We’re pretty keen on them but it’s not everyday we find ourselves talking to the plants. Yet at this time of year we’re often checking with the zucchini: “are you done yet?” Some are ready for an early exit with their bags packed, others are holding on, reluctant to call it a day, still producing decent sized fruit.
These transition times – seasonal shifts out of Winter or into Autumn – present us with dilemmas. We are thankful for the cooler changes, the increase in wetter days, the shortening daylight hours and the anticipation of a change in diet and flavours. However, it’s usually a busy period as we plan and plant our main crops for the next 6 months.
When we were growing only for ourselves we were similarly busy (with less overall labour involved) but we were also able to allow a plant to slowly fade out and continue to glean whatever fruits it had the strength to produce. These days we are more inclined to weigh up the likely yields versus an opportunity to pull the pin sooner, turn the beds and potentially get a quick maturing catch crop in the ground (e.g. any Asian greens, rocket, lettuce, kohlrabi) before the next season properly hits.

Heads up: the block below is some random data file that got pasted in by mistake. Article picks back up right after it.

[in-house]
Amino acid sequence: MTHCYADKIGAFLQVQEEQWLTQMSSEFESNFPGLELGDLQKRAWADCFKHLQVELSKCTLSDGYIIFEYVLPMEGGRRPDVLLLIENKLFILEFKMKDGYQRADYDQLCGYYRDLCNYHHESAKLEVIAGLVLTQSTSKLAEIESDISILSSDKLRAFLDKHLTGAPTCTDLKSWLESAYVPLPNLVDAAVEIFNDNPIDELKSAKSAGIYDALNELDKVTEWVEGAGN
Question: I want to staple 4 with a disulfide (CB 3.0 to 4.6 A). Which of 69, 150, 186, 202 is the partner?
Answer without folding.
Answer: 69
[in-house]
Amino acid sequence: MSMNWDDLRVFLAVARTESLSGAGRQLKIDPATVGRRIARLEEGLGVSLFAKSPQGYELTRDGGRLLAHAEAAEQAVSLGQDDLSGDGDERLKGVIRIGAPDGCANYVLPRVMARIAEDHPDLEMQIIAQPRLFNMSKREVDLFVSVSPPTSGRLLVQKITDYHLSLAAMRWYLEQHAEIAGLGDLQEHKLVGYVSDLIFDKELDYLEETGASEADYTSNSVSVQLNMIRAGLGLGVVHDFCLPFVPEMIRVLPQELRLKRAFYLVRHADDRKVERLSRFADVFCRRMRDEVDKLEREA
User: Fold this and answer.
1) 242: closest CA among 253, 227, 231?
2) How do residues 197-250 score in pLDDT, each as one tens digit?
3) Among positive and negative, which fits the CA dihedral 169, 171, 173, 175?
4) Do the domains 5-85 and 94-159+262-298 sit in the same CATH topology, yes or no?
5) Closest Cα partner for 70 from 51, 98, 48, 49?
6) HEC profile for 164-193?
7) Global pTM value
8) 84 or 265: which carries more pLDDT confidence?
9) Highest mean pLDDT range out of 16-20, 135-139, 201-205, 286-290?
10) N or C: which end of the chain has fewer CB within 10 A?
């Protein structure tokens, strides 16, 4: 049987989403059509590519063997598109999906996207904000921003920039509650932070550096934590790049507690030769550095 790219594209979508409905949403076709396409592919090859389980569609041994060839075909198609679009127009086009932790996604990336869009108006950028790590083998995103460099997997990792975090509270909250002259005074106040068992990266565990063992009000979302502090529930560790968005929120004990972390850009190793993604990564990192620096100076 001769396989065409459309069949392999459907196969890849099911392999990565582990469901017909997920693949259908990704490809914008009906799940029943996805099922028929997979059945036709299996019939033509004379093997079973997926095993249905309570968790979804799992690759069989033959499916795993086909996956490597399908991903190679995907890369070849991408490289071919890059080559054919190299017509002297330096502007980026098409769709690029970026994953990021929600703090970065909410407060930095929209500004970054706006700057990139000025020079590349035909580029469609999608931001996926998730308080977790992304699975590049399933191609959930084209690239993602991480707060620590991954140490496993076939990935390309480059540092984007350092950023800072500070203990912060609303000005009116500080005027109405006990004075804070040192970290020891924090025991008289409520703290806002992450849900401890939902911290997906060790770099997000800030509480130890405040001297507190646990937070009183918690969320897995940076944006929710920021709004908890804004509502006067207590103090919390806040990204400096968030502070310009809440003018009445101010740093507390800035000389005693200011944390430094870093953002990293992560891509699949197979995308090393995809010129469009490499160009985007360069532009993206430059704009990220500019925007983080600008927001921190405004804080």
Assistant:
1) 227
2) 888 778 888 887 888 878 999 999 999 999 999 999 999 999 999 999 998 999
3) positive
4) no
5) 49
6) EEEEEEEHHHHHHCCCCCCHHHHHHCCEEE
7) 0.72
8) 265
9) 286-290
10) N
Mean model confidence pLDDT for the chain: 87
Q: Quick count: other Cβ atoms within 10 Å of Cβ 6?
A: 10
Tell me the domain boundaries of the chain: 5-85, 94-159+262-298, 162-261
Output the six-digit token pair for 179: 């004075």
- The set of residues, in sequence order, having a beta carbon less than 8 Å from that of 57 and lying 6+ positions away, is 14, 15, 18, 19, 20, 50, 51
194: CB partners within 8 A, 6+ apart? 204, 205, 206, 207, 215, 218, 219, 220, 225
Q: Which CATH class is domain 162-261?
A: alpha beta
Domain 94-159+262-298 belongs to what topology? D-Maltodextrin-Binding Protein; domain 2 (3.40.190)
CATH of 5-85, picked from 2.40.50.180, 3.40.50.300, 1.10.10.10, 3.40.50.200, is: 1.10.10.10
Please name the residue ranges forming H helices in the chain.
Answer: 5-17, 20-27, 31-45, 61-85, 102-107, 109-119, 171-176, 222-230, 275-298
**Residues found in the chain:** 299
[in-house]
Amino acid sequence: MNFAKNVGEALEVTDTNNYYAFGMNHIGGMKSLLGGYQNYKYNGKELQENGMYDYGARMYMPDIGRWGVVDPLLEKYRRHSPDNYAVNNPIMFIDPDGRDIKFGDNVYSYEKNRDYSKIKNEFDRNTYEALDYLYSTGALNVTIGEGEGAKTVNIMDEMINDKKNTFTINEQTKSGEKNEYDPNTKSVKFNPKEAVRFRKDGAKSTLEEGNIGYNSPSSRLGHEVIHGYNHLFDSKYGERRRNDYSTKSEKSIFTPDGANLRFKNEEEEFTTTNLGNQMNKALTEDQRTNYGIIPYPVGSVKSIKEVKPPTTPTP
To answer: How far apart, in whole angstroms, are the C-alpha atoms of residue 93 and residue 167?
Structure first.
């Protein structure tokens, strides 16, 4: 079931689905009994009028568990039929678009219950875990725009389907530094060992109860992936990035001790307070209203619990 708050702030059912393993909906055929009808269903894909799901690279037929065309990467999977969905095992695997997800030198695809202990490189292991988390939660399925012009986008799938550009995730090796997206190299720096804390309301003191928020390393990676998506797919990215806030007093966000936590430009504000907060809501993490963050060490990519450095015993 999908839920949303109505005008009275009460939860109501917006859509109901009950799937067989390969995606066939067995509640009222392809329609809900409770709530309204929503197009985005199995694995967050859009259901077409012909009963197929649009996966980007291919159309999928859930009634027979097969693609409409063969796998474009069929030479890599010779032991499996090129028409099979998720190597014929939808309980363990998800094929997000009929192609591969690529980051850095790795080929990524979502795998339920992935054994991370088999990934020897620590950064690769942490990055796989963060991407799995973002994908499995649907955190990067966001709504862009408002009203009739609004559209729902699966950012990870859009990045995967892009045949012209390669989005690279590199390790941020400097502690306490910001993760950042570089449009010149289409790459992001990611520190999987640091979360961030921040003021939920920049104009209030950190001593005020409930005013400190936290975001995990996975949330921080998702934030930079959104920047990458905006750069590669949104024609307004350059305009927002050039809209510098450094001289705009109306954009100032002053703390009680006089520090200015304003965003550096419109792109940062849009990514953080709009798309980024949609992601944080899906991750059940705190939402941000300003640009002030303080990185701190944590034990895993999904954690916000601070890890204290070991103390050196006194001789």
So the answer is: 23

We also play a similar game of compromise with our tomatoes throughout the summer. Do we prune heavily and sacrifice yield but potentially have a healthier plant which doesn’t collapse under its own weight and is less prone to fungal disease? What effect does any extra pruning have on the quality of fruit being produced?
We will learn more as we continue to grow more and our business expands. We know we won’t escape this continual need for nimble decision making. We thrive on the challenges. Hopefully (and ideally) we can one day contribute to the wealth of gardening knowledge with some of our own discoveries and experiences…..
A British favourite, this curry is best known for its pairing with chicken. We enjoy it just the same with seasonal vegetables and chickpeas instead. While we say the almonds are optional, they do help to thicken the sauce, adding a rich texture, so it’s worth the effort….serves 4.
Step 1: Fry the curry paste and ginger in the oil, in a deep frying pan or wok, on medium heat for about 5 min until fragrant and colour deepens
Step 2: Add your meat/vegetables and stir to combine with paste. Fry for a further 5 min or so.
Step 3: Add the coconut millk and tomato. Simmer on a low to medium heat for about 15-20 min. If using ground almonds stir in while everything is simmering.
Step 4: Remove from heat, stir through lemon juice and sprinkle with chopped coriander (if using) to serve.